Abstract In current inflatable curtain airbag development process, the curtain airbag performance is developed sequentially for the airbag coverage, FMVSS 226, FMVSS 214 and NCAP. Because the FMVSS 226 for the ejection mitigation and the NCAP side impact test require the opposite characteristics in terms of the dynamic stiffness of the inflatable curtain airbag, the sequential development process cannot avoid the iteration for dynamic stiffness optimization. Airbag internal pressure characteristics are can be used to evaluate the airbag performance in early stage of the development process, but they cannot predict dynamic energy absorption capability. In order to meet the opposite requirements for both FMVSS 226 and NCAP side impact test, a test and CAE simulation method for the inflatable curtain airbag was developed. The purpose of this study is to standardize the test setup for comparing the energy absorption capability of inflatable curtain airbag and to make criteria for meeting both FMVSS 226 and NCAP early in the program.
Technical Paper
2014-04-01
Yuanyuan Zhang, Shen Wu, Yuliang Shi, Jingang Tu, Jingguo Hu
Abstract The design of front rail is very important to vehicle safety performance. The test and CAE analysis are commonly used methods for design on the component level. Based on experience of impact test designed to simulate the performance of rail in vehicle rigid wall frontal impact, an inclined test is designed to simulate the performance of rail in vehicle offset deformable barrier impact. Two LS-DYNA computer simulation models are established including the effects of plastic strain rate, spot-weld failure, and stamping hardening. The deformation and mechanical properties are studied. The simulation results are correlated to the component tests very well in both cases. The usual impact test and inclined impact test for component rail can represent the main features of the rail performances in the vehicle frontal impact and offset impact respectively. Both of the simulation method and the component test method can support the early stage design for vehicle crash safety.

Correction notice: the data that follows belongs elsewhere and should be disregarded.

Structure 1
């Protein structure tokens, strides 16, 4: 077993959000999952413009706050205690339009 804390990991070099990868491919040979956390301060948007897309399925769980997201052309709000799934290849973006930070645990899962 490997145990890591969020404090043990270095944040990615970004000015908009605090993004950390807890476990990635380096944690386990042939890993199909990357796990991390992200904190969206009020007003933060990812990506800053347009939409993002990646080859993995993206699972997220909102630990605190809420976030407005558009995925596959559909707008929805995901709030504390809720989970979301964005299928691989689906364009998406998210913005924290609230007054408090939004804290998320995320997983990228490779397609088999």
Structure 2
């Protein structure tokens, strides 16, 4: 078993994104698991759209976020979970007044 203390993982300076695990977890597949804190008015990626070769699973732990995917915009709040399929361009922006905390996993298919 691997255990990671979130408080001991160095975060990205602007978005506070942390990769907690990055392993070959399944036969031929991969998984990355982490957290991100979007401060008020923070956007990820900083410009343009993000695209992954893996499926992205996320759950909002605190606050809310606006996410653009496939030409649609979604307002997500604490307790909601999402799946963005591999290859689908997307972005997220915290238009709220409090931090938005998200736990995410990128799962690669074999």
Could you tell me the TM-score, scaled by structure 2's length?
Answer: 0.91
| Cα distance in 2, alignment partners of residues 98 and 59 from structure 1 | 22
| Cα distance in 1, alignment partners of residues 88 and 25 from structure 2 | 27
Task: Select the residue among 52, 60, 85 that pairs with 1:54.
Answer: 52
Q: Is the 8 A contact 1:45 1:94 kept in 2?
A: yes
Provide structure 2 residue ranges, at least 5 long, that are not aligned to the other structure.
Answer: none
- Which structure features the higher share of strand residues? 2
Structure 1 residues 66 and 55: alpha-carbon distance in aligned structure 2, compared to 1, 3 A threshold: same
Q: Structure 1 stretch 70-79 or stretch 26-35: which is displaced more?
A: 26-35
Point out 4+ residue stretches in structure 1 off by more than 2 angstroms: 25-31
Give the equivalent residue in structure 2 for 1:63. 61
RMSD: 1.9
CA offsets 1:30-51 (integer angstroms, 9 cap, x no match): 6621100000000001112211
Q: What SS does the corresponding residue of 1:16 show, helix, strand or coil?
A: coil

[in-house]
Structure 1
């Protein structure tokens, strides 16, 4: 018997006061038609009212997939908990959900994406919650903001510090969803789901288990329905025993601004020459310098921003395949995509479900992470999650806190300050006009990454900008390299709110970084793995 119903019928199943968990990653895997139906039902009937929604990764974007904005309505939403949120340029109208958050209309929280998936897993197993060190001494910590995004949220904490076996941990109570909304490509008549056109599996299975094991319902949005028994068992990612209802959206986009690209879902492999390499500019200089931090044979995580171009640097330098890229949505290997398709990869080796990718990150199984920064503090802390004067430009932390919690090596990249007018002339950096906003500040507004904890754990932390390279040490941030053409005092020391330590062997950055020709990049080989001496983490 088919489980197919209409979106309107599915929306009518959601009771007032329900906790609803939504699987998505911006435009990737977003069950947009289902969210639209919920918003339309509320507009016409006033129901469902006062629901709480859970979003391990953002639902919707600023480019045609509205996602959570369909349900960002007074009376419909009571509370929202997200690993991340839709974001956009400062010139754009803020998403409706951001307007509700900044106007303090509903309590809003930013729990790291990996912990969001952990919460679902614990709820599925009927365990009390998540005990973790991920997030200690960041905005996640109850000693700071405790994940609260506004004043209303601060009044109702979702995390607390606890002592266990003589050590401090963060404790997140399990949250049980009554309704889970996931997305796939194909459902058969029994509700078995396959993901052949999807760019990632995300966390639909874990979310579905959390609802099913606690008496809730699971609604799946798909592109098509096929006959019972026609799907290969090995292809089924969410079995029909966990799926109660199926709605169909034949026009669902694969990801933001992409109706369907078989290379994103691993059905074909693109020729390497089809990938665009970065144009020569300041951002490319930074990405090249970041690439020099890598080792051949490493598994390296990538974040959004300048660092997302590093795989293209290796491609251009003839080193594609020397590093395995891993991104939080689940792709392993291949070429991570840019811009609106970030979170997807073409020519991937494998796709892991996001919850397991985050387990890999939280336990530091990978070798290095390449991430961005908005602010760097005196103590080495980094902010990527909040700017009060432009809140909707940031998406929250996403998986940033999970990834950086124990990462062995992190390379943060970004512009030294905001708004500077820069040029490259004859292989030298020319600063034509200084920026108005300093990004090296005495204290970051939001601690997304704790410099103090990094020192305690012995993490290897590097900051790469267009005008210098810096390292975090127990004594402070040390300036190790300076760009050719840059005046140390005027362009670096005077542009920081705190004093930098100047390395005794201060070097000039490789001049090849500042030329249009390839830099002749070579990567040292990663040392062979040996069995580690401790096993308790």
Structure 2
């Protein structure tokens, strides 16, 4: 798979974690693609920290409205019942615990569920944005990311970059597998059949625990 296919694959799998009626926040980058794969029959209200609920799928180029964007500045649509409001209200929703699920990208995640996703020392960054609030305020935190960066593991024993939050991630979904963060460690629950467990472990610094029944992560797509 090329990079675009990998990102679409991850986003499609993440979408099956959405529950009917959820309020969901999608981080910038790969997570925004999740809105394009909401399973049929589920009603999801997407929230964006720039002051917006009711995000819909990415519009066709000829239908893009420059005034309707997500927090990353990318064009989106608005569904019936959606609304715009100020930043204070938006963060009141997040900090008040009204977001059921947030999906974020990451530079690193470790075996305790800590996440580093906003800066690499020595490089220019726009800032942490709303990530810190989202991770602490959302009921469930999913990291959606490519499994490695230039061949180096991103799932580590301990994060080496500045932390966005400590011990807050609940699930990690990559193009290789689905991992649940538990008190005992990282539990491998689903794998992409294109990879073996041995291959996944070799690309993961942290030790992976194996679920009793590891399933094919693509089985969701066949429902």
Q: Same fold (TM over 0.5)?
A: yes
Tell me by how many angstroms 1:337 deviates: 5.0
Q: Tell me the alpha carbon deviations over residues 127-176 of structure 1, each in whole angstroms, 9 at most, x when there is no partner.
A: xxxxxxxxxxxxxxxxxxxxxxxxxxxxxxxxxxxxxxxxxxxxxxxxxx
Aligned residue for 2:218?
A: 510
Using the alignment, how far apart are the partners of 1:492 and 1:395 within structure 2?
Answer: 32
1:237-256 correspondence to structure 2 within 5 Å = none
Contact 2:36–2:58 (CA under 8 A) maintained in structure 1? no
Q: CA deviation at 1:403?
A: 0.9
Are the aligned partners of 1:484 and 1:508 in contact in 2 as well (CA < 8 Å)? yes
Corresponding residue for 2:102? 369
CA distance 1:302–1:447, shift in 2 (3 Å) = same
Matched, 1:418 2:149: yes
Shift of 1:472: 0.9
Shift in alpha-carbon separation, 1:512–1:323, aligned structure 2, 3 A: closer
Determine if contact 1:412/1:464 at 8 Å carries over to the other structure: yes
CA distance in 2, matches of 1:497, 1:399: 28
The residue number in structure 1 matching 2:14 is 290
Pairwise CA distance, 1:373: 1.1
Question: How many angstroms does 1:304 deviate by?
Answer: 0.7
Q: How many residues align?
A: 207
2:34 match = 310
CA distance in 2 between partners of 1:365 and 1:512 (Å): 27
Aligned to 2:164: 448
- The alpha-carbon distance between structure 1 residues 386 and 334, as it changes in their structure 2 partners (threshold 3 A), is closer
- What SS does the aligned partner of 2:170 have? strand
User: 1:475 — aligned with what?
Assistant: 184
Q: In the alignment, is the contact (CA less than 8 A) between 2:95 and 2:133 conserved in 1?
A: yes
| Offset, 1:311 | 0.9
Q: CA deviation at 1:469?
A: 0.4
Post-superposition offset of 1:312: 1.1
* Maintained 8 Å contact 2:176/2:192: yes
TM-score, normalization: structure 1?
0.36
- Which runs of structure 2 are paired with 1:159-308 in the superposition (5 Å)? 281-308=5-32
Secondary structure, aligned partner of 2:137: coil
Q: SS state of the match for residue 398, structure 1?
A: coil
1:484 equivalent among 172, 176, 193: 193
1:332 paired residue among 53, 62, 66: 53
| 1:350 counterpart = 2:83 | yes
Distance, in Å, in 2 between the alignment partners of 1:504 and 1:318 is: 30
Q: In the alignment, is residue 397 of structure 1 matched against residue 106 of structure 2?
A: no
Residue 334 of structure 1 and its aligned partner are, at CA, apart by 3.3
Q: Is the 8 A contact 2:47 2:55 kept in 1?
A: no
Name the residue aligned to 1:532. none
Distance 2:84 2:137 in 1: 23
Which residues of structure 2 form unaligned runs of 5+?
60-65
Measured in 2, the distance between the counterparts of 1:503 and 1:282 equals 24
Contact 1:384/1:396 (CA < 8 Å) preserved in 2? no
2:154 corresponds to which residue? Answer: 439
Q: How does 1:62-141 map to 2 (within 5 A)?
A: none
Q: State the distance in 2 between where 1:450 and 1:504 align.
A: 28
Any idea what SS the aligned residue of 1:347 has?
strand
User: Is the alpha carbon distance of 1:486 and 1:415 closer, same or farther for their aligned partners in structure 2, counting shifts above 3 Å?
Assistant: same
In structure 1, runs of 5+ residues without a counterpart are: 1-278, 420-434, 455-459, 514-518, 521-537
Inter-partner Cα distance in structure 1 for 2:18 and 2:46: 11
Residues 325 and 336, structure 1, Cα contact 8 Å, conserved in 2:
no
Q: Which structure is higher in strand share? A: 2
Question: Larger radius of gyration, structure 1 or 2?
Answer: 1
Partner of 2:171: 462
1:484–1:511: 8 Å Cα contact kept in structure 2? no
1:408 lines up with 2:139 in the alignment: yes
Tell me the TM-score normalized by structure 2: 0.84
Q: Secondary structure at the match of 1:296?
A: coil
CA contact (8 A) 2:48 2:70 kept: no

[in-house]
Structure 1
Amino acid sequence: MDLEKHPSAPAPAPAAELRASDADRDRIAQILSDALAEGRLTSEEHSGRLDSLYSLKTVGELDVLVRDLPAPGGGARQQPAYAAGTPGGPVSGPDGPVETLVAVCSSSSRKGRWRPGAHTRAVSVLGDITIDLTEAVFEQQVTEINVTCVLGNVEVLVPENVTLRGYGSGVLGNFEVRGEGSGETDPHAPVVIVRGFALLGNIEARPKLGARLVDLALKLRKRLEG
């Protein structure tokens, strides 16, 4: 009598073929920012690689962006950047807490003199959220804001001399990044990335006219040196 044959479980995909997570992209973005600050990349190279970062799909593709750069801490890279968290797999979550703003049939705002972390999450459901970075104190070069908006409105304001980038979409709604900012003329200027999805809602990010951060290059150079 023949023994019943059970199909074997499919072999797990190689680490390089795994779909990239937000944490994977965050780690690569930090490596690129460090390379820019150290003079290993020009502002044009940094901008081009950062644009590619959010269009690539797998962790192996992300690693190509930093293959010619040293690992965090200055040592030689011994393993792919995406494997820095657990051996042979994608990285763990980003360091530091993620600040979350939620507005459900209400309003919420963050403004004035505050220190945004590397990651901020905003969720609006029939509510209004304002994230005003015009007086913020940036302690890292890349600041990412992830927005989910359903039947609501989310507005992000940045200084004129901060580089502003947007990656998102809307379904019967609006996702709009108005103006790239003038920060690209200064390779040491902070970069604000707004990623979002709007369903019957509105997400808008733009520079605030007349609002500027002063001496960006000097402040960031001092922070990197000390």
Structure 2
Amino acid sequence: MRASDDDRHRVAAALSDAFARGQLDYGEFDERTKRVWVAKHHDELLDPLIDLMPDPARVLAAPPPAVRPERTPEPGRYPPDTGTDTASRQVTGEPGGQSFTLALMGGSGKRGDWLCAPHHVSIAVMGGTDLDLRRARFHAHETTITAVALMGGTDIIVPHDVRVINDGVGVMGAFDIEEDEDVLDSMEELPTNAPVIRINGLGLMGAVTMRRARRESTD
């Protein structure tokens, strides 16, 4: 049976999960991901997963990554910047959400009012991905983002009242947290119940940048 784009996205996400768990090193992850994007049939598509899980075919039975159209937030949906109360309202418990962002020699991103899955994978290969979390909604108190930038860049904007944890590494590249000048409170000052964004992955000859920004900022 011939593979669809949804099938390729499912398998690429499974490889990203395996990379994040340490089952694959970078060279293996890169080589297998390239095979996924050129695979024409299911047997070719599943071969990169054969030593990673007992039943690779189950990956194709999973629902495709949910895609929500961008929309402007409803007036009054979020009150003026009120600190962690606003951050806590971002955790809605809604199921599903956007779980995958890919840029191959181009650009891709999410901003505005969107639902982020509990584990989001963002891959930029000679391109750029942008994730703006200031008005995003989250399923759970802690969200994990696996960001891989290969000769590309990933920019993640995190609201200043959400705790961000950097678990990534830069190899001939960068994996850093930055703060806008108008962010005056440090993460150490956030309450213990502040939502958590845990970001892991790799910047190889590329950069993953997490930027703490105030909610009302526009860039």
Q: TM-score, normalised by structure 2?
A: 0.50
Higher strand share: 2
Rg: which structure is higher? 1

Technical Paper
2014-04-01
Erdem Uzunsoy, Emmanuel Bolarinwa, Oluremi Olatunbosun, Rui He
Abstract Sloped medians provide a run-off area for errant vehicles so that they can be safely stopped off-road with or without barriers placed in the sloped median. However, in order to optimize the design of sloped medians and the containment barriers, it is essential to accurately model the behavior of vehicles on such sloped terrain surfaces. In this study, models of a vehicle fleet comprising a small sedan and a pickup truck and sloped terrain surface are developed in CarSim™ to simulate errant vehicle behavior on sloped median. Full-scale crash tests were conducted using the vehicle fleet driven across a 9.754 meters wide median with a 6:1 slope at speeds ranging from 30 to 70 km/h. Measured data such as the lateral accelerations of the vehicle as well as chassis rotations (roll and pitch) were synchronized with the vehicle motion obtained from the video data. The measured responses were compared with responses obtained from simulation in CarSim™ to validate the vehicle and slope terrain models.
Technical Paper
2014-04-01
Hang Yin, Weiming Zeng, Guobiao Yang, Songgang Li